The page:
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  5.  
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    Anonymous Coward, Aug 22nd, 2013 @ 2:17pm

    What's the full list of identifier types

    "identifier such as a telephone number"

    They keep using that example (sometimes they add email address). I'd like to know the full list of types of identifiers that they can query on.

     

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    sorrykb (profile), Aug 22nd, 2013 @ 2:20pm

    Re:

    Lorpius Prime wrote:
    No, it's not enough to say "NSA spying is wrong". You have to have an explanation of why it's wrong.

    Amendment IV:
    The right of the people to be secure in their persons, houses, papers, and effects, against unreasonable searches and seizures, shall not be violated, and no warrants shall issue, but upon probable cause, supported by oath or affirmation, and particularly describing the place to be searched, and the persons or things to be seized.

     

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    Anonymous Coward, Aug 22nd, 2013 @ 2:28pm

    "never again" is unrealistic and naive

    Of course there will be more terrorist attacks. Of course some of those will succeed. Of course some of us will die.

    That's the price. I'm willing to pay it, even if it's me, even if it's those I love the most. I don't want to...but if it's what must be risked, then so be it.

    But I won't pay the price of turning the US into a surveillance state. It's madness. And it won't work, because there will STILL be more terrorist attacks and some of them will STILL succeed and some of us will STILL die. We gain nothing. We lose everything we are.

     

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    Ed Allen, Aug 22nd, 2013 @ 2:34pm

    If NSA spying continues the terrorists have achieved their objective

    Destroying freedoms to "protect Americans" won't work.

    Terrorists want to destroy our "way of life" so instead we destroy it before they do ?

    Why should we ?

     

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    Guardian, Aug 22nd, 2013 @ 2:50pm

    did the NSA king have a food tester

    usually kings are paranoid of being offed.....

     

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    Guardian, Aug 22nd, 2013 @ 2:53pm

    @3 WHY THE NSA IS WRONG

    why the nsa is wrong really simply put:

    PEEPING TOMS GET THERE LIGHTS PUNCHED OUT....WHY should we treat the NSA peeping on you and i and others any differently.....

    its a deviant behavior. and they are trying everything to justify it....its sick.

     

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    Anonymous Monkey (profile), Aug 22nd, 2013 @ 2:53pm

    Re: Re:

    And although that right there should be END OF STORY, it's always hand-waived or out-and-out ignored.

     

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    Anonymous Coward, Aug 22nd, 2013 @ 2:58pm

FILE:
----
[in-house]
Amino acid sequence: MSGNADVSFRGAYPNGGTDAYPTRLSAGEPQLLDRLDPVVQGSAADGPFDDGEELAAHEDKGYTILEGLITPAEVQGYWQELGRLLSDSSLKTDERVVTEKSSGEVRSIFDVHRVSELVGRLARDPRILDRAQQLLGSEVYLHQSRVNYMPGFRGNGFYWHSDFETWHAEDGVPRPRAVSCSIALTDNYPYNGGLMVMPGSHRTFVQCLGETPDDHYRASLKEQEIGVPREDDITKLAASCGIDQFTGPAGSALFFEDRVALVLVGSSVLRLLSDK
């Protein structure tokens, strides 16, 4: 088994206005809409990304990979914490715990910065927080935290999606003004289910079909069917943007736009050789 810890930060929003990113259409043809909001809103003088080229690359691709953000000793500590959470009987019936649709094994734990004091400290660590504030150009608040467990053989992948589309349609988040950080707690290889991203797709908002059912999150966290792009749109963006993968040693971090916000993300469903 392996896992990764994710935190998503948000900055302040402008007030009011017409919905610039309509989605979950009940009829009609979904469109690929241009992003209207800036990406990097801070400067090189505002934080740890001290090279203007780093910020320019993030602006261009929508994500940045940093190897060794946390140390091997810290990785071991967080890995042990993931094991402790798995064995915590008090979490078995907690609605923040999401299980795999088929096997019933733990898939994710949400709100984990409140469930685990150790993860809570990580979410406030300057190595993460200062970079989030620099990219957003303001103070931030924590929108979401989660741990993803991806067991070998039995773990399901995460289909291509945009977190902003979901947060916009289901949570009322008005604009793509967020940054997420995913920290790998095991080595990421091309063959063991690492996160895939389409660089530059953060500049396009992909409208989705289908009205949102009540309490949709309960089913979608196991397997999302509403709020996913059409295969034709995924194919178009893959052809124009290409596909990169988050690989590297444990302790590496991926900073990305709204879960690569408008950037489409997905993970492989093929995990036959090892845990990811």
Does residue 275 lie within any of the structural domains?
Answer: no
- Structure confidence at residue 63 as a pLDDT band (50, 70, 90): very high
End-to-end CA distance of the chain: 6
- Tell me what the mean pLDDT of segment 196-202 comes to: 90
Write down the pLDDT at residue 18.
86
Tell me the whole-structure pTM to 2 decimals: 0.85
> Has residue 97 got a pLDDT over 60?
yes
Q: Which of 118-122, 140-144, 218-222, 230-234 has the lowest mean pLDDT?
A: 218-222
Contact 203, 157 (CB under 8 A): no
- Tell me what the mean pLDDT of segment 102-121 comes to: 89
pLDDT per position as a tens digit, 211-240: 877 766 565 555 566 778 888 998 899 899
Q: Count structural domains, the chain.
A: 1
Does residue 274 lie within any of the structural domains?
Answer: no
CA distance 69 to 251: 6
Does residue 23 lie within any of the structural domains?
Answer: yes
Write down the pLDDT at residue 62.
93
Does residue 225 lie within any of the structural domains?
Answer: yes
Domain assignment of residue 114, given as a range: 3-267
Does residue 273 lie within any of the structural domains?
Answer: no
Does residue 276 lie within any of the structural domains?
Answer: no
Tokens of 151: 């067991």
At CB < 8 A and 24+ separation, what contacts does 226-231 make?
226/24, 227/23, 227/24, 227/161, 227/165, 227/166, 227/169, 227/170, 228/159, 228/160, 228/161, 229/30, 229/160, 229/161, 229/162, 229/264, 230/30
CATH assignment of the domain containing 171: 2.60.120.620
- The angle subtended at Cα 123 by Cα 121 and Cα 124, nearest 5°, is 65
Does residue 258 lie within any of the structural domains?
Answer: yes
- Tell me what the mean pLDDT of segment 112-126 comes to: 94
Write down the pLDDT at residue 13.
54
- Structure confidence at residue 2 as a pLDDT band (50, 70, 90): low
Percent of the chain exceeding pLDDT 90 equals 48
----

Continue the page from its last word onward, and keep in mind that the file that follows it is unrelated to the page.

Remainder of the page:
Re: "never again" is unrealistic and naive

    Of course "never again" is unrealistic.

    All this 4th amendment shattering surveillance power they have and yet the Boston bombing still occurred. There will be many more attacks, even if they put a police officer in every house in this country.

    Everyone must push back against this abuse. Starting yesterday.

     

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    Lorpius Prime (profile), Aug 22nd, 2013 @ 2:58pm

    The Fourth Amendment probably makes the NSA's policies unconstitutional in the United States, but it's not a reason they're wrong in any kind of ethical sense. If I said that the Fourth Amendment ought to be repealed, what would you say to convince me that was a bad idea? If another country wanted to replicate the NSA's program, why would they be wrong?

     

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    crade (profile), Aug 22nd, 2013 @ 3:04pm

    The only time you can't trade freedom for safety is when you don't have any to give.

     

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    Anonymous Coward, Aug 22nd, 2013 @ 3:13pm

    Learning from history and becoming 'wiser' has never been a strong point for the human race.

    Therefore, the human race is destined to repeat history over, and over again.

     

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    HappyBlogFriend (profile), Aug 22nd, 2013 @ 3:14pm

    Bored analysts do things like spy on women using surveillance cameras and listen to American GIs overseas having phone sex with their loved ones back home. Or an FBI agent may investigate strange but not unlawful emails on behalf of a family friend, leading to a sex scandal that brings down the Director of the CIA.
    It's about time someone made a list of these known abuses. Over time, it will only get worse.

     

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    out_of_the_blue, Aug 22nd, 2013 @ 3:22pm

    Merely a version of "it's okay if people I think are okay do it".

    Lawful gov't must have clear bright moral lines and follow them rigidly. That's why the US was designed as a gov't of laws, not of men. You can't just naively trust people who claim their motives are good and pure, because that inevitably leads to mission creep: any minorly facile mind can make up plausible excuses.

    Grannick, whatever her own motives, whatever her own level of goodness and wish to see the country free, has clearly fallen for the excuses of a self-proclaimed "good" man who routinely breaks the law and does evil.